[star]The American Mind[star]

November 30, 2002

HUMOR: Saddam is a cruel,

HUMOR: Saddam is a cruel, cruel man.

"Iraq Unleashes Weapons of Mass Media"

Posted by Sean Hackbarth in at 11:50 PM | Comments (0)

Michael Kinsley takes us behind

Michael Kinsley takes us behind the scenes of the National Book Awards. Note: He didn't read all 402 books nominated.

"Curse You, Robert Caro!" [via A&LD]

Posted by Sean Hackbarth in at 11:18 PM | Comments (0)

Salon has something on TIA.

Salon has something on TIA. And it's actually funny.

Posted by Sean Hackbarth in at 10:32 PM | Comments (0)

Garrett Soden will be coming

Garrett Soden will be coming out with a book, Falling: How Our Greatest Fear Became Our Greatest Thrill - A History, next year. Howard Owens interviewed him.

Posted by Sean Hackbarth in at 10:24 PM | Comments (0)

Yesterday, I inadvertantly did not

Yesterday, I inadvertantly did not buy anything. I toiled through a day of crowds and questions. After my shift was over, I went home. Bummer, I wanted to stick it to these guys.

Buy Nothing Day

Posted by Sean Hackbarth in at 08:26 PM | Comments (0)

Howard Owens on poetry: To

Howard Owens on poetry:

To me, a plain style is perfectly suited to prose, but not to poetry. The point of poetry is to escape the drabness of our plain and ponderous lives; poetry should compact our experiences and excite our senses, not numb us with a sense of sameness and predictability. From poetry, we should gain a new way of seeing old things, not the same old way of seeing everything.

Posted by Sean Hackbarth in at 08:15 PM | Comments (0)

November 28, 2002

Have a good Thanksgiving everyone.

Have a good Thanksgiving everyone. Enjoy the company of friends and family and savor the delicious food people have spent hours preparing. Give thanks for all the blessings we've been given. God bless.

Posted by Sean Hackbarth in at 09:48 AM | Comments (0)

My TiVo doesn't think I'm

My TiVo doesn't think I'm gay, but I don't know why it insists on recording The Cosby Show and Suddenly Susan.

"If TiVo Thinks You Are Gay, Here's How to Set It Straight" [via blogdex]

Posted by Sean Hackbarth in at 12:53 AM | Comments (0)

November 27, 2002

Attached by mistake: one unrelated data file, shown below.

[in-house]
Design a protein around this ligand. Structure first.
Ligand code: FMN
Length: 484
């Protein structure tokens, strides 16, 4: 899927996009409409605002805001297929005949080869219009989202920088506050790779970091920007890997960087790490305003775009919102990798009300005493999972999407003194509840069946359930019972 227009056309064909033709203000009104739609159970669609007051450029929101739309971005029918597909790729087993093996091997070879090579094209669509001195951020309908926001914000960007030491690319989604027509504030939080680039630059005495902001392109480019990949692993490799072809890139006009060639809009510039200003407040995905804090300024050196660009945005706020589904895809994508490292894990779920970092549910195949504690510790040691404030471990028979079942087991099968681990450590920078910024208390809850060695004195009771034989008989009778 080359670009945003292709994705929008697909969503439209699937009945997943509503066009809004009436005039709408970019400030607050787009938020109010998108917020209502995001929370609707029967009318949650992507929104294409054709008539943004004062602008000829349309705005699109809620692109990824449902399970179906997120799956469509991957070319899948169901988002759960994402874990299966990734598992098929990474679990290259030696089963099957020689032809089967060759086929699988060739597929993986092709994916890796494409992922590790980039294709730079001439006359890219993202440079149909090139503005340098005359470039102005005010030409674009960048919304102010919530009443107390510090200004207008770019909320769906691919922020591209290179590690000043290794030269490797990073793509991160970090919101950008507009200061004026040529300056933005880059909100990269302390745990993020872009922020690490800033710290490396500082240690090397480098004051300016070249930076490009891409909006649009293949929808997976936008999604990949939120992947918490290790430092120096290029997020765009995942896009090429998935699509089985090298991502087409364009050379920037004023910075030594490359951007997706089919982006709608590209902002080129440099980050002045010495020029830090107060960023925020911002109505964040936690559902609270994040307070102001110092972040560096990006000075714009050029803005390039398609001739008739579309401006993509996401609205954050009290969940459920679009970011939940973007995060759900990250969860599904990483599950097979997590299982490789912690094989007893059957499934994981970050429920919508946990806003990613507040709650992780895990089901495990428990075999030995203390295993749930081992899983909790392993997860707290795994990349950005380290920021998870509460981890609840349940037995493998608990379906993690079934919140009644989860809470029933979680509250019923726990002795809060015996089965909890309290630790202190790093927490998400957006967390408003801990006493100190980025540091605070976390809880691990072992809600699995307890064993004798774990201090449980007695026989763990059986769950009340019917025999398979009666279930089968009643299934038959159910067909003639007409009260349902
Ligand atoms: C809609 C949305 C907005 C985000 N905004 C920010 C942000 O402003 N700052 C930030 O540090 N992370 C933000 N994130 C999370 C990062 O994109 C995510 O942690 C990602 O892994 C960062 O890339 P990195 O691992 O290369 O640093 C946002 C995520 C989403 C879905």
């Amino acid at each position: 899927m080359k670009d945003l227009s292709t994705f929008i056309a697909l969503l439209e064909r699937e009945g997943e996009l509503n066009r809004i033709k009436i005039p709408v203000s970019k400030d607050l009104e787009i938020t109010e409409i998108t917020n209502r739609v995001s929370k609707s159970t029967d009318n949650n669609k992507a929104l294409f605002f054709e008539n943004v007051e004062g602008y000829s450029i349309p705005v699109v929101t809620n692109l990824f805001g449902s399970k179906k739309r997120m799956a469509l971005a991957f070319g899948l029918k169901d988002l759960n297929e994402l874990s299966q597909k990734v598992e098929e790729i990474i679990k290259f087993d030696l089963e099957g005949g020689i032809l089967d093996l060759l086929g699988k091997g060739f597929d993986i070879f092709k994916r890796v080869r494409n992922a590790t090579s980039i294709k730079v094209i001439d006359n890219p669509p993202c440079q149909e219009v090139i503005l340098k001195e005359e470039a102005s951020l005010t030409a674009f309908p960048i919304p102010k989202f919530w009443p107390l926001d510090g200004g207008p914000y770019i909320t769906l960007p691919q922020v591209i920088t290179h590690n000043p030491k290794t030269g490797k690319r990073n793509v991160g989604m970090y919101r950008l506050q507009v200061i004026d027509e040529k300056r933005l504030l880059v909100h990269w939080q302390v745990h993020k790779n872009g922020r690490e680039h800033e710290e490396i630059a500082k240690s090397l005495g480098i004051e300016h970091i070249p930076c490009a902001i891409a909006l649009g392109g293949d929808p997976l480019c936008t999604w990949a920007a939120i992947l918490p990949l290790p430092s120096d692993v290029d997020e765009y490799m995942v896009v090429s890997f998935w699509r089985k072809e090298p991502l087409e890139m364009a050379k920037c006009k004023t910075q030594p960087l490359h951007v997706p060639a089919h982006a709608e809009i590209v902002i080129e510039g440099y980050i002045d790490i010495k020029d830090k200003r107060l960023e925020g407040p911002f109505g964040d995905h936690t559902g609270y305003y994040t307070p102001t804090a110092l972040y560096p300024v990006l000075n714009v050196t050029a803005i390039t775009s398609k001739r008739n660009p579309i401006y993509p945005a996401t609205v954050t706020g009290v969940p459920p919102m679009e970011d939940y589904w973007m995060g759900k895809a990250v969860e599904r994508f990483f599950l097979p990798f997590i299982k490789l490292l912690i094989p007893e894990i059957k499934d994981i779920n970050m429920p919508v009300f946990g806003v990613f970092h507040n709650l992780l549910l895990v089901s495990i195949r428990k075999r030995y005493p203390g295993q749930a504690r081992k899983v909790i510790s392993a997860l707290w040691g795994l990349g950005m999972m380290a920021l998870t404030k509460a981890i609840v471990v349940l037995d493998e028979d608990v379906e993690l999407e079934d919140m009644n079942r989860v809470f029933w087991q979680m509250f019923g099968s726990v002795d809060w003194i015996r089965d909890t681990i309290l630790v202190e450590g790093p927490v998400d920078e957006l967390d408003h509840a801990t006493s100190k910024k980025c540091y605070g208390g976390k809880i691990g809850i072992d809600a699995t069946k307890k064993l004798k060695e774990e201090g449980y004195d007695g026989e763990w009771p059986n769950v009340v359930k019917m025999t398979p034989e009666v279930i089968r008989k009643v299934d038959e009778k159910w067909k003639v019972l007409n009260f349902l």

Tom Nugent covers tax cut

Tom Nugent covers tax cut ideas. No mention of my suggestion to eliminate taxes on dividends.

Since I'm on taxes, here's The Jane Galt Tax Plan.

"Stimulus Strategies"

Posted by Sean Hackbarth in at 11:41 PM | Comments (0)

In the same year, two

In the same year, two giants of 20th Century political philosophy died. Robert Nozick passed away in January, and now John Rawls died this past Sunday. About Rawls' work, Jacob Levy writes,

Within Anglo-American philosophy it renewed the sense that it was possible to engage in rigorous, serious, meaningful debate about moral and political questions. And it serves to this day as the most influential, most important critique of both aggregative-utilitarian substitutes for a theory of justice and radically-egalitarian versions of such a theory. He was, in addition, a famously effective teacher who shaped two generations of Harvard philosophers, and a gracious gentleman who sought conversation and shared intellectual progress.

Richard Epstein writes,

Political philosophers, policymakers, and lawyers are all in the debt of a modest man who mistakenly thought himself to be one of Keynes's obscure academic scribblers, only to turn out to have been a genuine leader in philosophical and political thought.

Godspeed, John.

"John Rawls, Towering Figure of Political Philosophy; at 81"

"Rawls Remembered"

Posted by Sean Hackbarth in at 11:18 PM | Comments (0)

Next week, the U.S. will

Next week, the U.S. will call for eliminating tariffs on all industrial goods by 2015. After a year of going backward on the free trade front, this is a good sign. One thing I noticed is the plan will be announced by Robert Zoellick, the US Trade Representative, and Donald Evans, the commerce secretary. No where to be seen is Treasury Secretary Paul O'Neill. As a face for the administration's economic policy, O'Neill's been invisible. Does the administration have so little faith in him as a salesman? If so, then they need to find a replacement, someone who's bold and a loud defender for free market policies. Calling Larry Kudlow!

"US Launches Plan to Abolish Key Tariffs" [via Daniel Drezner]

Posted by Sean Hackbarth in at 10:29 PM | Comments (0)

New York Attorney General Elliot

New York Attorney General Elliot Spitzer's investigations on corporate scandal have been more effective than anything done by Washington Democrats. He has no intention of brutally punishing Wall Street firms. He told Noam Scheiber, "This is not a Robin Hood effort." He's taken an intellectually honest fraud angle and reaped a big settlement from Merrill Lynch.

Think about Elliot Spitzer on the Democratic national ticket in 2004. I see little possibility of him running for President, but he would make an interesting pro-consumer, pro-investor, pragmatic VP candidate. I don't think it would be a wild stretch for President Bush to nominate him as SEC chief. After the problems with Harvey Pitt, a Spitzer nomination would kill any future corporate scandal attacks from Democrats.

Spitzer would certainly be a different kind of Democrat than AlGore who is going farther and farther to the Left the more times he's being interviewed.

"Consumer Party"

Posted by Sean Hackbarth in at 10:23 PM | Comments (0)